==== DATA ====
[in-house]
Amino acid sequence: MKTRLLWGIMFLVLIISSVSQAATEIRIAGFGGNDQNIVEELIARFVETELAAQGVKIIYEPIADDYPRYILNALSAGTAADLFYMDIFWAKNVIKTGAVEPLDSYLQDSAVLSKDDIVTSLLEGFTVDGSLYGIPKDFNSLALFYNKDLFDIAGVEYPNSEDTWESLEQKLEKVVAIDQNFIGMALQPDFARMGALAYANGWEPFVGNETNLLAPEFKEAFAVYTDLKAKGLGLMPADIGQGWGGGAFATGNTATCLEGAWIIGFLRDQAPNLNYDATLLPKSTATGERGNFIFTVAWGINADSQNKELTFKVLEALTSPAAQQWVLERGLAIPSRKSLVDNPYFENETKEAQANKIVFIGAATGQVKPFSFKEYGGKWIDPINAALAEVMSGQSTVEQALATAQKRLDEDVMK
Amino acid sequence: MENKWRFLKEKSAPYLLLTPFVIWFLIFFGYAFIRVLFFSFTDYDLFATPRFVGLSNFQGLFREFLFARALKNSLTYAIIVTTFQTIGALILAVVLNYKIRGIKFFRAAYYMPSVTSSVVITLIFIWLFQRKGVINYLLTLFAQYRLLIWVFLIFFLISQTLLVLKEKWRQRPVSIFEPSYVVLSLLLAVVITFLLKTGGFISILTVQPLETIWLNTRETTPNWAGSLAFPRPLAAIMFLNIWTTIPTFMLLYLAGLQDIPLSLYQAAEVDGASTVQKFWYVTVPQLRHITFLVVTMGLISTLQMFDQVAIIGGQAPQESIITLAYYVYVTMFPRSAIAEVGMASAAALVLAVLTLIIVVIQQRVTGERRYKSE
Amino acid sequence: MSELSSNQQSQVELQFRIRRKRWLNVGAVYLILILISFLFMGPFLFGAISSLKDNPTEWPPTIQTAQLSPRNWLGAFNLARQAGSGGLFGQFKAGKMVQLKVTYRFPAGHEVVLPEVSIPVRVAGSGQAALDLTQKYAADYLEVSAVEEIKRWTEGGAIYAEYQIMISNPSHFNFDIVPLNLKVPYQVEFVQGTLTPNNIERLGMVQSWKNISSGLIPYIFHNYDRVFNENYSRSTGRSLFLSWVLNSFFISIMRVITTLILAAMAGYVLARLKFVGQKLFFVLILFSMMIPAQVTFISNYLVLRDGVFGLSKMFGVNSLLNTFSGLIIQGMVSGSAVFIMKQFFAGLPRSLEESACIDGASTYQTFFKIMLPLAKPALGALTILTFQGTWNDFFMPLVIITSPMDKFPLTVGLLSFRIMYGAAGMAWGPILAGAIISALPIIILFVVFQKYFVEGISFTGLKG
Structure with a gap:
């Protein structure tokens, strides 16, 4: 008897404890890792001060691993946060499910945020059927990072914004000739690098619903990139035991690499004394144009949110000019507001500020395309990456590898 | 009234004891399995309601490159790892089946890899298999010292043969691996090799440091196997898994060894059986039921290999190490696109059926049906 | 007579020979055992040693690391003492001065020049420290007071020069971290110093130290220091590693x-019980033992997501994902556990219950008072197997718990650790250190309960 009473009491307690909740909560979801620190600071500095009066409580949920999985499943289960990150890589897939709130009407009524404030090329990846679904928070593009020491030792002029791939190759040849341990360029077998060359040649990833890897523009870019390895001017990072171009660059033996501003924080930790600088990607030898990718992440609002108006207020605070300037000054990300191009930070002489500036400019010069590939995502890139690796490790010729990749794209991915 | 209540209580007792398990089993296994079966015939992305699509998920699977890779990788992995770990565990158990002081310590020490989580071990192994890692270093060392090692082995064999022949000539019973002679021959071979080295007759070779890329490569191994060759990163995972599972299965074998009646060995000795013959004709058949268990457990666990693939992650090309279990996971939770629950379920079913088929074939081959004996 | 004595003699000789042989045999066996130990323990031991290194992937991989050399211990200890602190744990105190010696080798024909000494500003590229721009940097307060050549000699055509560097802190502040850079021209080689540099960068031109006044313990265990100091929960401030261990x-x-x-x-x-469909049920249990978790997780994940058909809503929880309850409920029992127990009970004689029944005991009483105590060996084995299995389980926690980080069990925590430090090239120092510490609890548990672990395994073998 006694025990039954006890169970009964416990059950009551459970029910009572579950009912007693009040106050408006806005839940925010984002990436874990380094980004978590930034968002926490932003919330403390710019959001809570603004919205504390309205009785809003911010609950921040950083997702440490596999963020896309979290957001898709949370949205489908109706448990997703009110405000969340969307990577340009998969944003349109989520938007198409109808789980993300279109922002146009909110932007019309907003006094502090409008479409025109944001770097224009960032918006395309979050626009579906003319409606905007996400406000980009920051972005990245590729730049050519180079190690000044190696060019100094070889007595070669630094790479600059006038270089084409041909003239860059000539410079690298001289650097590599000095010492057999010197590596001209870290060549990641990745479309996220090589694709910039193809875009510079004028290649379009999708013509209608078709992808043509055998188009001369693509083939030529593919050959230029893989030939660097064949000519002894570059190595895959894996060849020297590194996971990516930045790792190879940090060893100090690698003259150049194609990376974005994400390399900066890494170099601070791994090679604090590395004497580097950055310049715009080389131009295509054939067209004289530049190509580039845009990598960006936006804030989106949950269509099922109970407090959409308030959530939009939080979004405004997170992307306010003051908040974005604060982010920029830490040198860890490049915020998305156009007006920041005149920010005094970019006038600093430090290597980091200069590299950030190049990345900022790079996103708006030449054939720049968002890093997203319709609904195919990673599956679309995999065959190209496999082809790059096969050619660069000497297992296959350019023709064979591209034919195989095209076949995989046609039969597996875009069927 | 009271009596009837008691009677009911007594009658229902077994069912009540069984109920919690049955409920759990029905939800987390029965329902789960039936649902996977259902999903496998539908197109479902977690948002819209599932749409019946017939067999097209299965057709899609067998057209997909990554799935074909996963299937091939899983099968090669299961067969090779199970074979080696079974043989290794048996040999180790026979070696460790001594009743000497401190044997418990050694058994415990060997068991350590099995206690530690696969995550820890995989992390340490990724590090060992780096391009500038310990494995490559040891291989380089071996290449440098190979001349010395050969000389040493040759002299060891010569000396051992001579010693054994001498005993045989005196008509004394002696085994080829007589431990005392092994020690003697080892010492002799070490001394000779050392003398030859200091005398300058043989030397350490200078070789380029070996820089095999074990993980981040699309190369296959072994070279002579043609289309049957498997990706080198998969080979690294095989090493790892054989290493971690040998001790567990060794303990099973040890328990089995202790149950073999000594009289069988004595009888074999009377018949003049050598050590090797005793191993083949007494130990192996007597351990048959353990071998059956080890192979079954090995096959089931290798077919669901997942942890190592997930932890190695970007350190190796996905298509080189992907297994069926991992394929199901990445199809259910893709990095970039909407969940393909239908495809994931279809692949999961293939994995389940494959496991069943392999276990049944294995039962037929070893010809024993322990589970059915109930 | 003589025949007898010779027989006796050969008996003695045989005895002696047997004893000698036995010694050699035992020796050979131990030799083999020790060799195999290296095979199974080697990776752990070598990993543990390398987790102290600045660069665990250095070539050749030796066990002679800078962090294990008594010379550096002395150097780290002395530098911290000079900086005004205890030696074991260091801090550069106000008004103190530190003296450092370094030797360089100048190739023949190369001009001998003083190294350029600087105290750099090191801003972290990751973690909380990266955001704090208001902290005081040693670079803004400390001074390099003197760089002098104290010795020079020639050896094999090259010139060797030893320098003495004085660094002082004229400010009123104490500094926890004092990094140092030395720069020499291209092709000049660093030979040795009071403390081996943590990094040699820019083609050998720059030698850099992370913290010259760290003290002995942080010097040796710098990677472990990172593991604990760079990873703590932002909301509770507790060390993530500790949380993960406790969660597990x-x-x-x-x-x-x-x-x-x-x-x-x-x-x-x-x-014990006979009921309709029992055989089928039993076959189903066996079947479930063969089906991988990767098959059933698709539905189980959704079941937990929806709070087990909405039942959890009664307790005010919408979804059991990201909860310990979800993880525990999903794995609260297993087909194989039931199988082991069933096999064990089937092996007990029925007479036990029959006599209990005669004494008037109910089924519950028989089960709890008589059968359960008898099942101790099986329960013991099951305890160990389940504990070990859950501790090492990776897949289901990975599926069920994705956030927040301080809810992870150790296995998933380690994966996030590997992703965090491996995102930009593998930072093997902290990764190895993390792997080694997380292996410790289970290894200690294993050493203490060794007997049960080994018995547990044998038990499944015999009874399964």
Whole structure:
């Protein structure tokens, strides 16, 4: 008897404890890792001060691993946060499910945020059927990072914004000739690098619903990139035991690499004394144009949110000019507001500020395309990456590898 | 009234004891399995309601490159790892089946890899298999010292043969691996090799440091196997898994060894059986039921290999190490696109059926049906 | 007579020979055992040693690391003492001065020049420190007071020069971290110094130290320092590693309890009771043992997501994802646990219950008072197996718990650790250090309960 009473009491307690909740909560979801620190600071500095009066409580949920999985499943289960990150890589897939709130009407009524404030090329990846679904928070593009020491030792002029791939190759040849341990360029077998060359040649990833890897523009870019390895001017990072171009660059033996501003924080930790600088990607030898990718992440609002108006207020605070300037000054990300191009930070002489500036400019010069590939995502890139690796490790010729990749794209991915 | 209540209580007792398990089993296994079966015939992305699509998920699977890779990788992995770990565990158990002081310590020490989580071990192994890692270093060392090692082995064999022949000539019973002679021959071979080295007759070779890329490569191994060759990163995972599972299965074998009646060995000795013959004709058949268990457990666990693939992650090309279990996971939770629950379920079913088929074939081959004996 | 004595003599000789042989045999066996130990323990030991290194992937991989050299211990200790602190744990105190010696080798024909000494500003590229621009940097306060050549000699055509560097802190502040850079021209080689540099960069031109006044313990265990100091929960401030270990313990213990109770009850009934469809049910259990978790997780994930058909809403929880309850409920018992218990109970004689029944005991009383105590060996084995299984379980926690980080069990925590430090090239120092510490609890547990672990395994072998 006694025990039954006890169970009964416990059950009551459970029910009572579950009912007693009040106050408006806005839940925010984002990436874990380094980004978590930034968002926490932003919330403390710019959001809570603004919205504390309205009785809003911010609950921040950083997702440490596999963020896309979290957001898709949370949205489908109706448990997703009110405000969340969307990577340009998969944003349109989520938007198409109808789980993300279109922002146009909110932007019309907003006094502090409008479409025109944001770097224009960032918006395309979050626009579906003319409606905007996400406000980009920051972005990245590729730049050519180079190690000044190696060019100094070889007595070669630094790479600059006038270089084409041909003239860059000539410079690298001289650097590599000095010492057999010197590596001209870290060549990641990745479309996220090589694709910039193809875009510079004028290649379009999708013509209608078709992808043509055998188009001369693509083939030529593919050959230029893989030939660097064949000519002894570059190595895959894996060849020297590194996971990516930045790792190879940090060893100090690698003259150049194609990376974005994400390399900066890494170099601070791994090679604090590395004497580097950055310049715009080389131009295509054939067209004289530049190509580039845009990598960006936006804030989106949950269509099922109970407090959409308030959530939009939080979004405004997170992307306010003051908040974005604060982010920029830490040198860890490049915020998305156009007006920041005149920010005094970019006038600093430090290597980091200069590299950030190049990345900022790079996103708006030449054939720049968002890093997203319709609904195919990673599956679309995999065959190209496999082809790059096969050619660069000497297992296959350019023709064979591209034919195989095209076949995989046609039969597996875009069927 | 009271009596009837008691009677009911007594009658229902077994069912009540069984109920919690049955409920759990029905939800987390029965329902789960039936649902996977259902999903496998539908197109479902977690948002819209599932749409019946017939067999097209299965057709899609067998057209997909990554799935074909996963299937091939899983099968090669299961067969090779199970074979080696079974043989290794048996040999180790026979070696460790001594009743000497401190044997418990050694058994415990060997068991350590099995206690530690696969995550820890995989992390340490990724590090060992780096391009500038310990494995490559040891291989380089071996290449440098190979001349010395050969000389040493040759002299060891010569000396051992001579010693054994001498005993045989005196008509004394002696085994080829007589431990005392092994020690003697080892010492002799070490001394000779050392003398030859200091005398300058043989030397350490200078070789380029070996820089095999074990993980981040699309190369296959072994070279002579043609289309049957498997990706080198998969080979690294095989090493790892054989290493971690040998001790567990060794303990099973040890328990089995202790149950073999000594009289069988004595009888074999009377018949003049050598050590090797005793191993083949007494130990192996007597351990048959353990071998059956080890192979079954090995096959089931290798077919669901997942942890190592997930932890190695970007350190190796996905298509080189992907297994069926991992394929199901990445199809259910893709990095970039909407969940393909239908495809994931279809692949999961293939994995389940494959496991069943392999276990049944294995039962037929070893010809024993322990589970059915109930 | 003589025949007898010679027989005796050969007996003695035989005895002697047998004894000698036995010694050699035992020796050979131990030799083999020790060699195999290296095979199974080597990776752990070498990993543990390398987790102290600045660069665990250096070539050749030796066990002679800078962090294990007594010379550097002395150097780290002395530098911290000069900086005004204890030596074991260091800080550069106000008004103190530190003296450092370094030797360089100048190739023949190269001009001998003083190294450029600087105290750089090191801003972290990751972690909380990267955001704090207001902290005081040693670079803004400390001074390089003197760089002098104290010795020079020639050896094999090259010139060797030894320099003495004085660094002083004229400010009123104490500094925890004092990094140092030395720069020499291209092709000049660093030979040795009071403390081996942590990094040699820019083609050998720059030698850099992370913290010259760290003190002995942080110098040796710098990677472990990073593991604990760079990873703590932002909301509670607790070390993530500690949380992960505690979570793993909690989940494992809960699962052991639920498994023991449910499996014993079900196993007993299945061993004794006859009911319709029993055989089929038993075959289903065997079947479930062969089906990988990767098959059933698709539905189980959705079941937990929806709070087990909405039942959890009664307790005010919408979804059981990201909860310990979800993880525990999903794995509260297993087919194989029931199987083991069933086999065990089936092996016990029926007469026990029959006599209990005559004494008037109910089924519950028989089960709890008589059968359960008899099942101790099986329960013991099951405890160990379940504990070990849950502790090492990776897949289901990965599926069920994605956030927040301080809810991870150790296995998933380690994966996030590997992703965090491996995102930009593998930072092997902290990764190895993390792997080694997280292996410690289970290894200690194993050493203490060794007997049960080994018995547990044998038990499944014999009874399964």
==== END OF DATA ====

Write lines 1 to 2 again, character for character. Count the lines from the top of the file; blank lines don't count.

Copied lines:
[in-house]
Amino acid sequence: MKTRLLWGIMFLVLIISSVSQAATEIRIAGFGGNDQNIVEELIARFVETELAAQGVKIIYEPIADDYPRYILNALSAGTAADLFYMDIFWAKNVIKTGAVEPLDSYLQDSAVLSKDDIVTSLLEGFTVDGSLYGIPKDFNSLALFYNKDLFDIAGVEYPNSEDTWESLEQKLEKVVAIDQNFIGMALQPDFARMGALAYANGWEPFVGNETNLLAPEFKEAFAVYTDLKAKGLGLMPADIGQGWGGGAFATGNTATCLEGAWIIGFLRDQAPNLNYDATLLPKSTATGERGNFIFTVAWGINADSQNKELTFKVLEALTSPAAQQWVLERGLAIPSRKSLVDNPYFENETKEAQANKIVFIGAATGQVKPFSFKEYGGKWIDPINAALAEVMSGQSTVEQALATAQKRLDEDVMK